Twitter scam effective, amassing $120K in 2 hours, says experts

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    LAST July 15, the official Twitter accounts of major personalities were hijacked. Elon Musk, former U.S. president Barack Obama and Apple sent out Tweets about doubling the amount of bitcoins users will send to “fight COVID-19.”

    The attack was to date the most severe on Twitter and any social media platform because it involved powerful and influential people, and was able to amass about $120,000 because of fraudulent claims made while falsely representing people like Musk and Bill Gates.

    “Hacking into popular accounts to publish scam messages isn’t a new practice, neither is the doubling the donation scam. What is curious in this case is the scale of the attack and the fact that the actor completely took over the verified accounts – their emails have been changed, so the owners aren’t able to get access back quickly enough,” commented Dmitry Galov, a security researcher at Kaspersky.

    The amount of money siphoned into the cryptocurrency account of the hacker in just a few hours indicated how successful the scam was.

    “This scam was extremely effective – the amount gathered from the victims now equals over 120 000 USD, and this is just in one day. I think there are two major takeaways from this incident. First, users need to be aware of scams and stay cautious on social media; they need to be able to recognize them. Second, we need to be extra careful with our online assets-anything critical has to have, at a minimum, two-factor authentication,” added Galov.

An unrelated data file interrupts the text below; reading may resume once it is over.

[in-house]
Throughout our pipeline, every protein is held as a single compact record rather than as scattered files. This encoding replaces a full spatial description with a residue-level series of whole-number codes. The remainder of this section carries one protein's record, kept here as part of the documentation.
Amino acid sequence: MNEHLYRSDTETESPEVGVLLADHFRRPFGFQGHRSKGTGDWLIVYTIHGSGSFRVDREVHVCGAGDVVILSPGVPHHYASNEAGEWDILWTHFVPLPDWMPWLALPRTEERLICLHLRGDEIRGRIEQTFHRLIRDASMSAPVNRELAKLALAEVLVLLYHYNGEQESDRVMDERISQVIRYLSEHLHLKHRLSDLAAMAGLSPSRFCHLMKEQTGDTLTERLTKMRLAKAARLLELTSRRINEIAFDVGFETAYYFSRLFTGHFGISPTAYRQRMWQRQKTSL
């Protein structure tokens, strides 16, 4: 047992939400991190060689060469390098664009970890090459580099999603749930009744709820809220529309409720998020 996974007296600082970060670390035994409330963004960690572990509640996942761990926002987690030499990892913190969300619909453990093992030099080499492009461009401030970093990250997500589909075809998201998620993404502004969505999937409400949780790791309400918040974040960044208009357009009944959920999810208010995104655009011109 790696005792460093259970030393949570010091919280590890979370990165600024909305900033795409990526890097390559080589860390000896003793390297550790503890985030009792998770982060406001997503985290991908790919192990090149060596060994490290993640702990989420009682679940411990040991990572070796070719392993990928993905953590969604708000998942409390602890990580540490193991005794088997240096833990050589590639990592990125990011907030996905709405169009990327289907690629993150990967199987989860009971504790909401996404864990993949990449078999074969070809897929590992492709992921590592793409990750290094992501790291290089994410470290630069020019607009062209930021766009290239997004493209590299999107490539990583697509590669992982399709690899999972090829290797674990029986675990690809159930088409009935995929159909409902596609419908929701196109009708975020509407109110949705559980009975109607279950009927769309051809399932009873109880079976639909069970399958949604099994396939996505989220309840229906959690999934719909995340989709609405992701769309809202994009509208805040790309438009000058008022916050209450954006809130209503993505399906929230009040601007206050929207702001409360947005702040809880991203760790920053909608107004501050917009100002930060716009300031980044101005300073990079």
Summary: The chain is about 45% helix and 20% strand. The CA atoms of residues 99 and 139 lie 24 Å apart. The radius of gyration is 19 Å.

Though cybersecurity is a top priority of all major social media platforms, it is difficult to manage internal disruptions. Surely Twitter has put a lot of effort into preventing many attacks, which happens almost every day. However, neither websites nor software are entirely immune to malware or viruses. And it is definite that the human factor immune to mistakes–and is, therefore, the weakest link.

    This means any native platforms might be compromised.

    “This major scam highlights the fact that we are living in an era when even people with computer skills might be lured into scammers’ traps, and even the most secure accounts can be hacked. According to our estimates, during the two hours of the attack, at least 367 users transferred the big bulk of crypto-cash to attackers,” Galov explained.

    The Kaspersky expert said that today new attack vectors and scams combine old and effective techniques, use a surprise element, and gain people’s trust to facilitate the attack and lure victims into a trap.

    For instance, it might be a mixture of supply chain attacks with social engineering. In addition, the threat actors might gain access to victim’s account in other ways. For instance, they might penetrate a third-party app with access to the user’s profile, or users’ passwords might be brute-forced.